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Volvo XC90 D5

Broadcast date : 18th April 2004


One of the features of the XC90 range launched last year by Volvo is its very refined operation. In fact it has set new standards for the entire Volvo range in terms of build quality, panel fit and styling.

The trademark Volvo features such as the bonnet lines converging into the purposeful grille and the defined wing areas merging with the tail lights seem to work to best effect in this on-off-roader.

The petrol engines in the XC90 range include a straight six and a straight-five-cylinder design, the latter in turbocharged form.

These are both very refined units and it comes as a pleasant surprise to experience similar levels of refinement in the diesel-engined version. The motor displaces 2 401 cubic centimetres and produces 120 kW at 4000 rpm and 370 Newton Metres of torque at 1 750 rpm.

Key to this usefully low torque peak is a variable nozzle turbocharger, which accelerates air speed over the turbo blades at lower speeds and widens the turbo intake at higher speeds to promote good flow at higher engine speeds.

Thus the engine exhibits very good pick-up at low revs although it does chop the power off fairly sharply from 4 000 onwards. In fact if there is a criticism of this diesel version, it is that it runs out of steam at higher speeds

Performance is reasonable, though, for a vehicle weighing nearly 2 200 kilograms. It will accelerate to 100 km/h in just over 13 seconds at the coast, and being tubocharged it will achieve those sort of times at the Reef's power-sapping altitude as well.

Top speed is around 190 km/h, which is more than enough for an SUV, these type of vehicles all suffering from a high centre of gravity and thus less stable than a conventional sedan at similar speeds.

Using an automatic gearbox with this diesel-engined XC90 makes good sense, as the progress is smoother than it would be with a manual gearbox. There is also less temptation to ride the boost band on the turbo, as many drivers of manual turbodiesel vehicles tend to do.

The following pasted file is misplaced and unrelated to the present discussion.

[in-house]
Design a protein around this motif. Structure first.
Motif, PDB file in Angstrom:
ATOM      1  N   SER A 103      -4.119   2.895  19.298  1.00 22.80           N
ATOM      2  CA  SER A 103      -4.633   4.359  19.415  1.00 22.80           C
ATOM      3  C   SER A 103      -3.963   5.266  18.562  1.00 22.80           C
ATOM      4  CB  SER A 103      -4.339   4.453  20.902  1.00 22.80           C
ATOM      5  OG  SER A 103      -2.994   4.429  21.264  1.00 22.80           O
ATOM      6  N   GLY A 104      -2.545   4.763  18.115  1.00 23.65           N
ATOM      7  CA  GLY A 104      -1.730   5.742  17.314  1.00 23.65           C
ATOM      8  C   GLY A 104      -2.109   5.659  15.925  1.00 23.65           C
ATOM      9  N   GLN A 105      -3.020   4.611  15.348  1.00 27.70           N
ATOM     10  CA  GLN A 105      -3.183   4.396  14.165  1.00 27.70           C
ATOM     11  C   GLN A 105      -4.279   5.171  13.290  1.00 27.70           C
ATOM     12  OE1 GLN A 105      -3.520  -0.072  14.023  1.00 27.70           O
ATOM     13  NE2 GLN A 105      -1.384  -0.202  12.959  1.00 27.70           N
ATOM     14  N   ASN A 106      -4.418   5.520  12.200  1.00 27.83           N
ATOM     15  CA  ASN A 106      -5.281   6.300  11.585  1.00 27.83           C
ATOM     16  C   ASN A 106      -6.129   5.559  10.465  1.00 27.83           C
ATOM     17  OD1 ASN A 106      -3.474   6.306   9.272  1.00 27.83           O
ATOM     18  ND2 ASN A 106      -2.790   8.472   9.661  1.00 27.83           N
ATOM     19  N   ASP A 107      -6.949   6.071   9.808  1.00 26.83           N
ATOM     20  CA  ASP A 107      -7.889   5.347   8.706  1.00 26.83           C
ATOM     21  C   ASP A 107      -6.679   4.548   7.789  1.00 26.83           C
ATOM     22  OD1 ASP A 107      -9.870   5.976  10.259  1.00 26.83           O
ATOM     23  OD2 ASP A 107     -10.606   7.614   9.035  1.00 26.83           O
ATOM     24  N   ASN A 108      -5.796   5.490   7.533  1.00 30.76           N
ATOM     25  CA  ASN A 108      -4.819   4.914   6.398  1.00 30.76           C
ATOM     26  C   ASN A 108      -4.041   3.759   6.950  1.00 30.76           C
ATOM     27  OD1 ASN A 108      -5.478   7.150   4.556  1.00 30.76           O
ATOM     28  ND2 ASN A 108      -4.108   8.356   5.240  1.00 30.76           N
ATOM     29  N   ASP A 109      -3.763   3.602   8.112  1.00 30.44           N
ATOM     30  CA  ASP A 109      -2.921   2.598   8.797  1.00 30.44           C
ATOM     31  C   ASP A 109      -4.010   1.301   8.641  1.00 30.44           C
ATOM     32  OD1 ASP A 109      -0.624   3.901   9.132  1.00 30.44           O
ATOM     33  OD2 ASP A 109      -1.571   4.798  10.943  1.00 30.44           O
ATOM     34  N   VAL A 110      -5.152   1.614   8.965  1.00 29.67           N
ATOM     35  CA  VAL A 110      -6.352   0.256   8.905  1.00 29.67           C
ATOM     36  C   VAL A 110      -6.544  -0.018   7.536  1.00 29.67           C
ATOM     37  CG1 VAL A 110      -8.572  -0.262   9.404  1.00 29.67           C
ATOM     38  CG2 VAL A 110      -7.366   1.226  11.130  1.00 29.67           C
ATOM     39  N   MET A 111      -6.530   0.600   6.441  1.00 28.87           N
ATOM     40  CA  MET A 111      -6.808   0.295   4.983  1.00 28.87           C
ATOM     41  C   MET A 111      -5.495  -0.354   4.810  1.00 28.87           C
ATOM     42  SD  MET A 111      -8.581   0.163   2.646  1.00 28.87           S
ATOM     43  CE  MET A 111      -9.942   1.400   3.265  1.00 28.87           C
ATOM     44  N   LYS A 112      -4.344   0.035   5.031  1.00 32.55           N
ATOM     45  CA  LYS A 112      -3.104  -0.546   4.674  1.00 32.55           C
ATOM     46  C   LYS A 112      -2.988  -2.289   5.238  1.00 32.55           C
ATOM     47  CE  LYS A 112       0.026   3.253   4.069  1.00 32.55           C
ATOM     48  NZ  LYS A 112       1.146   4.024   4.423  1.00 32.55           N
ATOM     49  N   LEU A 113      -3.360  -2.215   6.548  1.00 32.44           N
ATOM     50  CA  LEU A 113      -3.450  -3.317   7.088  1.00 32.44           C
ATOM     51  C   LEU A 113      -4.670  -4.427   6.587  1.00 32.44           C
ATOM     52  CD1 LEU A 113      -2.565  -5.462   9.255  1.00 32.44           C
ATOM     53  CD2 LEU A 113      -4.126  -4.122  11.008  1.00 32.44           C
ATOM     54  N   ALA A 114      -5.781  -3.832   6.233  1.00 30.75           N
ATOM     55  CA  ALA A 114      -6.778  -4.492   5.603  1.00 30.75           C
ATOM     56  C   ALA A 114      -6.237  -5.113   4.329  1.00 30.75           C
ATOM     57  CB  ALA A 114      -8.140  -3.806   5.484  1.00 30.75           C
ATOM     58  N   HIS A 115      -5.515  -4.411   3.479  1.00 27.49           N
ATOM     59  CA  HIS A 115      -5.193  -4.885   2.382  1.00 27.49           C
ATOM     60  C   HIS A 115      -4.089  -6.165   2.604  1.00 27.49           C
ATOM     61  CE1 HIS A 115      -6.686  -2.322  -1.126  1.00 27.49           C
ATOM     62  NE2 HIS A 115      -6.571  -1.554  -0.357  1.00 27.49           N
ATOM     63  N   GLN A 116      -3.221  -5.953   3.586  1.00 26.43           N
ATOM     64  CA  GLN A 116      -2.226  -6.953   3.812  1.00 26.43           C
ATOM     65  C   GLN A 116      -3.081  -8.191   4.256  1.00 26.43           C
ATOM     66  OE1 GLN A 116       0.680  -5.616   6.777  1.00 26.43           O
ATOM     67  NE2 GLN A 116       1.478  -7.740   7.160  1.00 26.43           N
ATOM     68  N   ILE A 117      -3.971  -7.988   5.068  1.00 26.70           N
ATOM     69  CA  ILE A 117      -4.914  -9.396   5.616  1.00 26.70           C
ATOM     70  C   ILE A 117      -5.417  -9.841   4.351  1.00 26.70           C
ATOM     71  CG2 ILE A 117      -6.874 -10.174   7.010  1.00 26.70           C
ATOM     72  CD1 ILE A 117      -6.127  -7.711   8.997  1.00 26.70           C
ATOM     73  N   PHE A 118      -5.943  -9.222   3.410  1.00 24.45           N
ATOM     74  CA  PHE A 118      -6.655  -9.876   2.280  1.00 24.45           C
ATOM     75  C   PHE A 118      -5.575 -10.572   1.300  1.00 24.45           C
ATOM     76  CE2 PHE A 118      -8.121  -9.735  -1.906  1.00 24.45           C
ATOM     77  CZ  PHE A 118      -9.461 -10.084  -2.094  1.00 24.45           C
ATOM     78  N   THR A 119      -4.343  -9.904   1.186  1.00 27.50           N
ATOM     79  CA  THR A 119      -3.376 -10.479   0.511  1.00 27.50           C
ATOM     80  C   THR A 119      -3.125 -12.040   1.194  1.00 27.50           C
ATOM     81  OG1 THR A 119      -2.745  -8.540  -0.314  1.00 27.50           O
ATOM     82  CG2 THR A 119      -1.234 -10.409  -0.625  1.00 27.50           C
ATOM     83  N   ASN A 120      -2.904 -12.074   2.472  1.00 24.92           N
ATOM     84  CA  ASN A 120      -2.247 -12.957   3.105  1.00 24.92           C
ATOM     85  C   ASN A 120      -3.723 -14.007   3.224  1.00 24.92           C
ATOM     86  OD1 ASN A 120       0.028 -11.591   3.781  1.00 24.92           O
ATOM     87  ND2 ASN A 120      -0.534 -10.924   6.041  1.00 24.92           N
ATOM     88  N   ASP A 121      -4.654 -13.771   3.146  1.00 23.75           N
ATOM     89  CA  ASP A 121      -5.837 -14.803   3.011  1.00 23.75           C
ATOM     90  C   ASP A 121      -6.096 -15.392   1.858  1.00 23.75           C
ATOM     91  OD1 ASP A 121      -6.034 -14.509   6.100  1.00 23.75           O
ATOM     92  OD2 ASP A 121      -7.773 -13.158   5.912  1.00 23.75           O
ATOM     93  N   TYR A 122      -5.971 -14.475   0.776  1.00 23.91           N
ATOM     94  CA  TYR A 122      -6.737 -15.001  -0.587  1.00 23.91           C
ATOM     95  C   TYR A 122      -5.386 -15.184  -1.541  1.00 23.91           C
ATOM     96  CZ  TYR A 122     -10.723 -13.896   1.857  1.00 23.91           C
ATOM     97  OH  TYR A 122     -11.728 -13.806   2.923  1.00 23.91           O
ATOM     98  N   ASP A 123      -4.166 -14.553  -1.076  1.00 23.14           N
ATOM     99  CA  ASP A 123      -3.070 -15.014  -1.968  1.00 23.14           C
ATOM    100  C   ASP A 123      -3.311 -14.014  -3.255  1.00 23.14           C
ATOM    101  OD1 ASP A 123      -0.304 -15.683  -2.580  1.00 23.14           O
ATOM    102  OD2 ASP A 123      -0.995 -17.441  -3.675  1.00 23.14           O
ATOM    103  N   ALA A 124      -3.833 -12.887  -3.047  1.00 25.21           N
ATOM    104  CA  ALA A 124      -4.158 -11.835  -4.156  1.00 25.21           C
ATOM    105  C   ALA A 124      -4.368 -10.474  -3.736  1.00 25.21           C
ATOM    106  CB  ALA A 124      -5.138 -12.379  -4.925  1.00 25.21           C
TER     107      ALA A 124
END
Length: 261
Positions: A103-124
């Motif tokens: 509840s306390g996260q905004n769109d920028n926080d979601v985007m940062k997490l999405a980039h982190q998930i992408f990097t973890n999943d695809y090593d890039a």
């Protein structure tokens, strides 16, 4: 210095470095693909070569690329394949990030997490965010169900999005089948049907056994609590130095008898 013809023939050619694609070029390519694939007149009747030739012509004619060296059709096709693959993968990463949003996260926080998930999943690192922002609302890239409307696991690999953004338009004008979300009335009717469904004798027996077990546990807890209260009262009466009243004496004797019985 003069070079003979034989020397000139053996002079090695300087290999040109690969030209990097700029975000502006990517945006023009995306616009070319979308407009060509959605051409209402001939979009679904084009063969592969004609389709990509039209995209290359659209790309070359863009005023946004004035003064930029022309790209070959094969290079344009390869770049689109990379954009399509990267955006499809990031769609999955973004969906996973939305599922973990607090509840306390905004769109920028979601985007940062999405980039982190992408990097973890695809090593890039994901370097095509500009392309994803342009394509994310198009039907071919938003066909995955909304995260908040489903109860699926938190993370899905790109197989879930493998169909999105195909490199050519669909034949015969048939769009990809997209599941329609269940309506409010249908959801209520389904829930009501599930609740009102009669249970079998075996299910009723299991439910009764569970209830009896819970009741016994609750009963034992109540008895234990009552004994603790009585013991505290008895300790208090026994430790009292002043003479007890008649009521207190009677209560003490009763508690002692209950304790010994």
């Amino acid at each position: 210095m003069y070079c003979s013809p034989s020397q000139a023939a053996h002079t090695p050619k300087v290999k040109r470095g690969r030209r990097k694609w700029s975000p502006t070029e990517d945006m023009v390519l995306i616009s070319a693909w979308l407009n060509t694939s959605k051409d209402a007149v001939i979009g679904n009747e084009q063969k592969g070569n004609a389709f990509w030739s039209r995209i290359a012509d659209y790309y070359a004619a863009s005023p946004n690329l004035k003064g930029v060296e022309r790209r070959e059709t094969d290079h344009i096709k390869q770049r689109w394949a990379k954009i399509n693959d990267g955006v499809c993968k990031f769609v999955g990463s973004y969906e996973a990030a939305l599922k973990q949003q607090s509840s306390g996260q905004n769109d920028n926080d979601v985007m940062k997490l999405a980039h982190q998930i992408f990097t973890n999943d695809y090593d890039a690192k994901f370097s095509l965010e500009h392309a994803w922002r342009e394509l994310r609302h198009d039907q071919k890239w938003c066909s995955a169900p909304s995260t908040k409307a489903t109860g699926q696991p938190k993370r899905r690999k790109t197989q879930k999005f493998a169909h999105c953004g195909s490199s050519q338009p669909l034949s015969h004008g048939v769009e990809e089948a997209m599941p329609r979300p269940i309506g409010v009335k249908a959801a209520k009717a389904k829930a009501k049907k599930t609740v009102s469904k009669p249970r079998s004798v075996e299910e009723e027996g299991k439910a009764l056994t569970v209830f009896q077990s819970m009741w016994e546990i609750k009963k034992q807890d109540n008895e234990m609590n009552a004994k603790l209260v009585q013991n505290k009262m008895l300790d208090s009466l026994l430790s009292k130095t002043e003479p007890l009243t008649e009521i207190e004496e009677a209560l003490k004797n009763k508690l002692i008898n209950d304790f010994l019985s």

The XC90 is up against some serious competition in this large urban-off road class, known as the "soft roader" division. Like its most serious rival, the BMW X5, the Volvo doesn't employ a low ratio transfer case for serious off-road work, but rather relies on electronic traction control devices to minimise wheelspin in more serious off-road driving.

The system used is known as a Haldex transmission, which sees the XC90 operate as a front-wheel-drive vehicle in ordinary conditions. As soon as the Haldex sensors detect wheel slip on either of the front wheels,  a multi-plate clutch system transfers between five and 65 per cent of the available torque to the rear wheels.

It works okay for difficult undulating dirt roads, but for seriously rocky trails you'd best buy something like a Toyota Land Cruiser.

The plus side of these soft-roader vehicles, like the BMW X5 and the now slightly long-in-the-tooth Mercedes-Benz M-Class, is that they are more car-like on tarmac.

Steering responses are sharper thanks to suspension and dampers configured more with tarmac in mind, rather than bounding over rocks. Generally bodyroll is better contained than it would be in a purpose-built off-roader, which employs long suspension travel to take on large rocks and deep ruts off-road.

This is the family vehicle for a trip to a game park with slightly poor roads, but not one for the Richtersveld.

Coming in at R480 000 in seven-seater form, the Volvo XC90 D5 is excellent value for money. The equivalent BMW X5 diesel sells for R500 000, but only has five-seats, while the Mercedes-Benz ML270 suffers from an inferior interior and a more lumpy ride on-road.

This is our choice in the diesel soft-roader market right now.

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